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The effects of pre-emptive epidural sufentanil on human immune function

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Surgical stress and general anaesthesia suppress immune functions, including natural killer cell (NK) activity. This suppression could be attributed, at least in part, to the effect of opiates. Methods: 

Twenty patients undergoing abdominal hysterectomy received epidural sufentanil (50 μg) either before (pre-emptive) or at the end (control group) of surgery. Post-operative pain relief was provided using sufentanil from a patient-controlled epidural analgesia (PCEA) system. Systemic immunity was assessed by determining leucocyte counts, NK cell counts and activity, lymphocyte response to mitogen stimulation, and secretion of pro-inflammatory cytokines. Results: 

In the pre-emptive group there was a significant decrease in NK activity on the first and third post-operative day (P < 0.05) compared with baseline values and on the third postoperative day (P < 0.05) compared with the control group. The number of total leucocytes and neutrophiles increased in both groups post-operatively, but no differences were found in the levels of mononuclear lymphocyte populations or in their mitogen responses. Interleukin-6 (IL-6) concentration increased in both groups after the operation. In addition, at the end of the surgery the IL-6 level was greater in the control group than in the pre-emptive group. Interleukin-1 (IL-1) levels had decreased significantly at the end of surgery and 4 h later compared with baseline levels in the pre-emptive, but not in the control group. Conclusions:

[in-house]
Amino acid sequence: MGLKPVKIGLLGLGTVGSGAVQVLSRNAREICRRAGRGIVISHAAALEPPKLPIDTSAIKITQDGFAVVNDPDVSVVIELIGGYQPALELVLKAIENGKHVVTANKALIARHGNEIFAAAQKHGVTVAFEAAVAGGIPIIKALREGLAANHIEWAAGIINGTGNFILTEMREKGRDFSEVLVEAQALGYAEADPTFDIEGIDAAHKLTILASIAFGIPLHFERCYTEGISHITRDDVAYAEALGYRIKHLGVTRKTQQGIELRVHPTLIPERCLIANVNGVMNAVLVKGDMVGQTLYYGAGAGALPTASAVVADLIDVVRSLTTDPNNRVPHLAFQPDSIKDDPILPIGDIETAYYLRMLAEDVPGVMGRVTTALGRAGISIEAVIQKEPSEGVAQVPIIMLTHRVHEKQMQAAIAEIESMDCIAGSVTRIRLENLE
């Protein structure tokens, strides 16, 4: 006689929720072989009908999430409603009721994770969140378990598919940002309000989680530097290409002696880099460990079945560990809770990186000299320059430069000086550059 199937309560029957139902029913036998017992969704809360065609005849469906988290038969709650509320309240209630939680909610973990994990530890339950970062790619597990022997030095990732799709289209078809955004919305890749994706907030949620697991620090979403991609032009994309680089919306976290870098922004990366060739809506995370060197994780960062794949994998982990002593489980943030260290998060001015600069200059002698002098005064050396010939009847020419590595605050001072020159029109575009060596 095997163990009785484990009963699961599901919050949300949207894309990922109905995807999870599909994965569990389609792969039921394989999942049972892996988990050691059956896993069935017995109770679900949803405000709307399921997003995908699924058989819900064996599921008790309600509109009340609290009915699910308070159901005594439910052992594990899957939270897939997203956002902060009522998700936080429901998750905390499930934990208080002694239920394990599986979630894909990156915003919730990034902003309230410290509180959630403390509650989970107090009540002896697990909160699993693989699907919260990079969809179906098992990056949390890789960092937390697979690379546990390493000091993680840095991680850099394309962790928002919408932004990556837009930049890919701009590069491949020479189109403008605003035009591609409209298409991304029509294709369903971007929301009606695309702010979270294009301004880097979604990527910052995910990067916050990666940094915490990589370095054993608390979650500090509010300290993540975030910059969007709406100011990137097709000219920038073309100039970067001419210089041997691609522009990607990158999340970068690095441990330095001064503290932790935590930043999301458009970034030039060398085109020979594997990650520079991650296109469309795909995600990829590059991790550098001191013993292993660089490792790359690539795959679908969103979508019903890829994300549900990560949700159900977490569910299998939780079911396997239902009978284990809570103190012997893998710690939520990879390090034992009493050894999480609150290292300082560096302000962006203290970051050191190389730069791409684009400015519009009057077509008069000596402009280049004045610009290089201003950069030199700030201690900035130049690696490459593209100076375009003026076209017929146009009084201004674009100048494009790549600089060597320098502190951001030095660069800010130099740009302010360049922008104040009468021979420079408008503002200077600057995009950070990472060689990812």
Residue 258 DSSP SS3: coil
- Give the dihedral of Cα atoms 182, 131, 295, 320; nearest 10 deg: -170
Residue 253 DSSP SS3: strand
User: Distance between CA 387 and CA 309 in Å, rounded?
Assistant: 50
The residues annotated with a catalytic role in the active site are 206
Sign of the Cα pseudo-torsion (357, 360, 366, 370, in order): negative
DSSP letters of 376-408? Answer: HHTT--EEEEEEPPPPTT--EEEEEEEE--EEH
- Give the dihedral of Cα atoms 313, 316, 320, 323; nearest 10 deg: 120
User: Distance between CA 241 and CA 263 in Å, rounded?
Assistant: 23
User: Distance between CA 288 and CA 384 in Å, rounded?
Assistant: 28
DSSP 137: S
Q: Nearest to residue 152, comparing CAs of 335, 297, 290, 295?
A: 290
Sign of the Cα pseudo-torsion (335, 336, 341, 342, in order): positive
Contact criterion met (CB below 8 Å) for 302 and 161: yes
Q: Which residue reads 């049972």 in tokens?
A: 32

Pre-emptive epidural sufentanil during combined propofol and isoflurane anaesthesia had minor effects on the immune response after hysterectomy. The lower production of pro-inflammatory cytokines (IL-1, IL-6) in the pre-emptive group compared with the control group is beneficial, but its clinical importance remains to be determined.
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Keywords: Analgesia; cytokines; natural killer cells; sufentanil

Document Type: Research Article

Affiliations: 1: Department of Anaesthesiology, University of Oulu, 2: National Public Health Institute, Department of Microbiology and 3: Department of Obstetrics and Gynaecology, University of Oulu, Oulu, Finland

Publication date: 2004-07-01

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